MS News That Caught My Eye Last Week: COVID-19 Vaccines, Robot Training, Bladder Treatment, Tysabri

Columnist Ed Tobias shares the week's top MS news, including a study about T-cell response to COVID-19 vaccines

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by Ed Tobias |

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Anti-CD20 Therapies Help Mount T-cell Response to COVID-19 Vaccines

Since the start of the COVID-19 pandemic, there have been concerns that anti-CD20 therapies, such as Ocrevus (ocrelizumab), may interfere with the ability of a person with MS to fight a COVID-19 infection. But this report says that even if the vaccine attacks B-cells, it appears to boost our T-cells, which also fight infection. That seems like encouraging news for people taking B-cell-depleting disease-modifying therapies (DMTs) and something they might want to discuss with their neurologists.

People with multiple sclerosis (MS) who are on therapies that deplete antibody-producing B-cells can mount an effective T-cell immune response to COVID-19 vaccination, a new study shows.

The findings suggest that the vaccines strongly activate other parts of the immune system that are helpful in fighting the virus, even in patients who failed to develop an antibody response.

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Robot-assisted Gait Training Best for Severe Mobility Issues: Study

In robotic-assisted gait training, or RAGT, a patient wears a robotic device that helps support the body and allows the person to stand and walk during rehabilitation. According to this review of several studies, RAGT led to significant improvements in the six-minute walk test and the 10-meter walk test. The first test measures distance, and the second measures speed. Fatigue and balance also improved.

Robotic-assisted gait training (RAGT) may be the most effective form of physical exercise for improving mobility among people with severe multiple sclerosis (MS), according to a recent review study.

Other exercise types, such as conventional walking, treadmill training, and yoga, may also be feasible and effective, however, the researchers found.


Leg Nerve Stimulation Feasible, May Help With Overactive Bladder in MS

Will applying a low electrical current to the leg help control bladder problems in people with MS? Maybe. Researchers used a device called a transcutaneous electrical nerve stimulation (TENS) unit to deliver electrical stimulation to specific nerves in the legs to try to inhibit muscle contraction and to relax the muscles around the bladder to lessen sensations of pressure or urgency.

My wife used a TENS unit to reduce muscular pain many years ago. The unit was easy to use and inexpensive. It would be great if this same type of treatment could relieve some MS bladder problems.

Transcutaneous tibial nerve stimulation (TTNS), a procedure sending an electric current through the skin to nerves in the legs, is generally safe and feasible in people with overactive bladder due to multiple sclerosis (MS), according to a proof-of-concept study.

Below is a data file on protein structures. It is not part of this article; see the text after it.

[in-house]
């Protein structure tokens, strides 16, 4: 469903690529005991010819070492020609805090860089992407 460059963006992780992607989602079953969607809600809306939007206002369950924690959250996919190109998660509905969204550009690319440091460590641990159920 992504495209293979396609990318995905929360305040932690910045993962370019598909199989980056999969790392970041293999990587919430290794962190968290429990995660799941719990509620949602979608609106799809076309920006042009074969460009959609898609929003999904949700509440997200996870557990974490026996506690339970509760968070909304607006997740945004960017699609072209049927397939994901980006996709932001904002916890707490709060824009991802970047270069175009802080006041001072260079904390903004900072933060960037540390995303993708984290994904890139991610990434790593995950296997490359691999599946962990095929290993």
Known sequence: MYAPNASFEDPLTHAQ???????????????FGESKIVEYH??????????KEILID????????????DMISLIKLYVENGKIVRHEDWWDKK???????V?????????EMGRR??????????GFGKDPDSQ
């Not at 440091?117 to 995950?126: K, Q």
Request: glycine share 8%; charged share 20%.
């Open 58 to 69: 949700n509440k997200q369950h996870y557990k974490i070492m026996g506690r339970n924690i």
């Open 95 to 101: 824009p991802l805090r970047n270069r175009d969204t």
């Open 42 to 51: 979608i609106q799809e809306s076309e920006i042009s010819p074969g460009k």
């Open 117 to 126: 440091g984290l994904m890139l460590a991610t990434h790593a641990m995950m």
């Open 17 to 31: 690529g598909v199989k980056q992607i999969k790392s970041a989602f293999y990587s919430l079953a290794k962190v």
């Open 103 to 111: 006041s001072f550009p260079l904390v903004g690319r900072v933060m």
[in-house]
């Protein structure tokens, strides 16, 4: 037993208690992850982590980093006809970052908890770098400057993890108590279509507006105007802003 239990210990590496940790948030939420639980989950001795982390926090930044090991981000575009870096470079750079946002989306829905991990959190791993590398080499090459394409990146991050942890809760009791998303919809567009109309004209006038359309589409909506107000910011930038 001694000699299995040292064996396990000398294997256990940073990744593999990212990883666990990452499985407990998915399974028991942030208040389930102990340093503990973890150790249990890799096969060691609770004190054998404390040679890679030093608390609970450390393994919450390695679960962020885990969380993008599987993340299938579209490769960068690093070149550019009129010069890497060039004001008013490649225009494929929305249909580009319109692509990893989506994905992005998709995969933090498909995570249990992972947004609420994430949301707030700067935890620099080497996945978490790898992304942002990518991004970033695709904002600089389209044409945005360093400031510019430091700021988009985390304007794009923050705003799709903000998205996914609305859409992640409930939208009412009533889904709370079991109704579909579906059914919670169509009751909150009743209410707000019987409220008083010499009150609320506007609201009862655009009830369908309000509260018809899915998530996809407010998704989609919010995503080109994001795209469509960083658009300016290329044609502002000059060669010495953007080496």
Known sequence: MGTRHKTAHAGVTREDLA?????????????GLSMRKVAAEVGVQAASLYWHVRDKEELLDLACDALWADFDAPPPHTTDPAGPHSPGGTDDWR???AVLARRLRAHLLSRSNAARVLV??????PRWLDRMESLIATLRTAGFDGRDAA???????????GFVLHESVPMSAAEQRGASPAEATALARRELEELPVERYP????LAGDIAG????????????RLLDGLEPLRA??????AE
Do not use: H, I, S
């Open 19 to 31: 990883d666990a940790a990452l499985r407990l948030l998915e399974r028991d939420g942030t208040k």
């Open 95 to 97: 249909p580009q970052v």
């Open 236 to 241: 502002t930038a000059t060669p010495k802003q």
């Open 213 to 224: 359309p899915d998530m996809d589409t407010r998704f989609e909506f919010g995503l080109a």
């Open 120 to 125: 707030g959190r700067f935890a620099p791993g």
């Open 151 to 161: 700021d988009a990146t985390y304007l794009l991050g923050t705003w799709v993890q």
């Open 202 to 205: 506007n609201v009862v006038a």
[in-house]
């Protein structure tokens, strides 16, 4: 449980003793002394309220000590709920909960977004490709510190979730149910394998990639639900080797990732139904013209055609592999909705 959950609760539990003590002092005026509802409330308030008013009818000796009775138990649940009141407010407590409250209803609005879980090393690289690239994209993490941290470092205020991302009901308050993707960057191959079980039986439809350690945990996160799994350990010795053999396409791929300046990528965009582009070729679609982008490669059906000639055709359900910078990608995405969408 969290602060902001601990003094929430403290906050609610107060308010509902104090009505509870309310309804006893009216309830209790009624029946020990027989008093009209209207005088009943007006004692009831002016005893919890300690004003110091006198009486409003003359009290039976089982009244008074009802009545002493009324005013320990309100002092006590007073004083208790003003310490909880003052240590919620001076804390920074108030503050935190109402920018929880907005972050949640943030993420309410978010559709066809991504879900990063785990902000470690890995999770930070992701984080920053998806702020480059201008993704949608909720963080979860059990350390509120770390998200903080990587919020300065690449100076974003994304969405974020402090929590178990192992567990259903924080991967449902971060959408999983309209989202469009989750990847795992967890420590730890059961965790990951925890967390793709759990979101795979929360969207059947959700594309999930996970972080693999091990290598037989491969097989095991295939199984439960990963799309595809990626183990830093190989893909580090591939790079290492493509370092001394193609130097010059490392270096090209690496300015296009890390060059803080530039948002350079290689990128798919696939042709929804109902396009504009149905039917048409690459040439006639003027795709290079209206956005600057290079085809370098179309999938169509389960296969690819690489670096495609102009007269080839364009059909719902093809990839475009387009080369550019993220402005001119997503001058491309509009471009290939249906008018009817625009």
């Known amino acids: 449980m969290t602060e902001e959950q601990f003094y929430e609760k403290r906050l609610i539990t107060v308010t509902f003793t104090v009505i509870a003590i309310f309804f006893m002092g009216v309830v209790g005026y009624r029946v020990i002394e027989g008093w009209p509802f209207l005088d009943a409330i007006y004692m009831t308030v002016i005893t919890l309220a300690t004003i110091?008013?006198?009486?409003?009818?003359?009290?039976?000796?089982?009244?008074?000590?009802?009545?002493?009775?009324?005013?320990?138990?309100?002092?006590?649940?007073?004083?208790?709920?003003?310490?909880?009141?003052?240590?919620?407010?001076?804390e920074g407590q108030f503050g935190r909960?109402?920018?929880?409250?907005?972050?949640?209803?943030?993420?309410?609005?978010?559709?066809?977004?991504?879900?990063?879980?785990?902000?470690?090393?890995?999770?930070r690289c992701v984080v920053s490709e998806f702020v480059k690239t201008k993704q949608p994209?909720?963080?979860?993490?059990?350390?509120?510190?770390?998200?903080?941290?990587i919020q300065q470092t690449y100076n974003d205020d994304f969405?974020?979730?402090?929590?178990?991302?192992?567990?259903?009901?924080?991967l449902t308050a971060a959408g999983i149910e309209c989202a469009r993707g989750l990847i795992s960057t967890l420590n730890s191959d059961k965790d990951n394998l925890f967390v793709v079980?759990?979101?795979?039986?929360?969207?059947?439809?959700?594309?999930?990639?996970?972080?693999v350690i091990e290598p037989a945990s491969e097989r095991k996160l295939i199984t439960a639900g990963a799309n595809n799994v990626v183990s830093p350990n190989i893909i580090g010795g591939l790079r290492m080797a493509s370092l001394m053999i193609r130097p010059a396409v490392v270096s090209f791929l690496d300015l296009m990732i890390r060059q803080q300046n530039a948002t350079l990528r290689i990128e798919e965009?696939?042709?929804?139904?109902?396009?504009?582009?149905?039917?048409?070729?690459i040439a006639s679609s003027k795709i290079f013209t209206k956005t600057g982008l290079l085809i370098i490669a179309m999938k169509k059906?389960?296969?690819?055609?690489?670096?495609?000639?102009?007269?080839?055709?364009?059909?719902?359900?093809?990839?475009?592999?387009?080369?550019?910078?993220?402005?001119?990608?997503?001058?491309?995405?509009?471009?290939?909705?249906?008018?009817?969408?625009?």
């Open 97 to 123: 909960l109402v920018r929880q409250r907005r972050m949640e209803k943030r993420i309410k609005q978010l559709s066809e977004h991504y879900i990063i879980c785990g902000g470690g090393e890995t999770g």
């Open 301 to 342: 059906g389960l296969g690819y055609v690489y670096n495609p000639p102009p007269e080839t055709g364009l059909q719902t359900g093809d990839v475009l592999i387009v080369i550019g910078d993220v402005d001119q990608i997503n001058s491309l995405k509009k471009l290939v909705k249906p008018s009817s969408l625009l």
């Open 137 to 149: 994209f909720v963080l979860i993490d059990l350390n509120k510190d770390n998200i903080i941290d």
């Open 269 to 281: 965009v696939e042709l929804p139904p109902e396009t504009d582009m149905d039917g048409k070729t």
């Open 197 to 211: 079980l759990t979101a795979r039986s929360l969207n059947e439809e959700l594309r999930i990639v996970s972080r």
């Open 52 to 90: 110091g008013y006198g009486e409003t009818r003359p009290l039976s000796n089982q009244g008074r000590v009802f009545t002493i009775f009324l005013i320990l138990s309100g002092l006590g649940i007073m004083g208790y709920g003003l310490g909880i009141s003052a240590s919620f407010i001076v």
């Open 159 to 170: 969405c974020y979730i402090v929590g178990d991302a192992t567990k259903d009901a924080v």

Though the study was not designed to test the efficacy of TTNS, data suggest that the intervention helped to ease bladder problems in patients.


Tysabri Beats Other DMTs in Helping With Symptoms, Work Productivity

Yes, it did help — but only for some symptoms. These researchers analyzed data from the Australian MS Long Study and found that MS patients using Tysabri (natalizumab) self-reported greater reductions in several MS symptoms than those treated with other DMTs. However, Tysabri did not outperform other treatments in lessening pain, fatigue, or spasticity (muscle stiffness). I think those are some pretty important symptoms, don’t you?

Tysabri (natalizumab) outperforms other disease-modifying therapies (DMTs) in its ability to lessen a range of patient-reported symptoms in people with multiple sclerosis (MS), according to data from a large real-world study.

These symptoms include balance difficulties, sensory problems, feelings of anxiety, bladder problems, vision problems, and sexual dysfunction.

Note: Multiple Sclerosis News Today is strictly a news and information website about the disease. It does not provide medical advice, diagnosis, or treatment. This content is not intended to be a substitute for professional medical advice, diagnosis, or treatment. Always seek the advice of your physician or other qualified health provider with any questions you may have regarding a medical condition. Never disregard professional medical advice or delay in seeking it because of something you have read on this website. The opinions expressed in this column are not those of Multiple Sclerosis News Today or its parent company, BioNews, and are intended to spark discussion about issues pertaining to multiple sclerosis.


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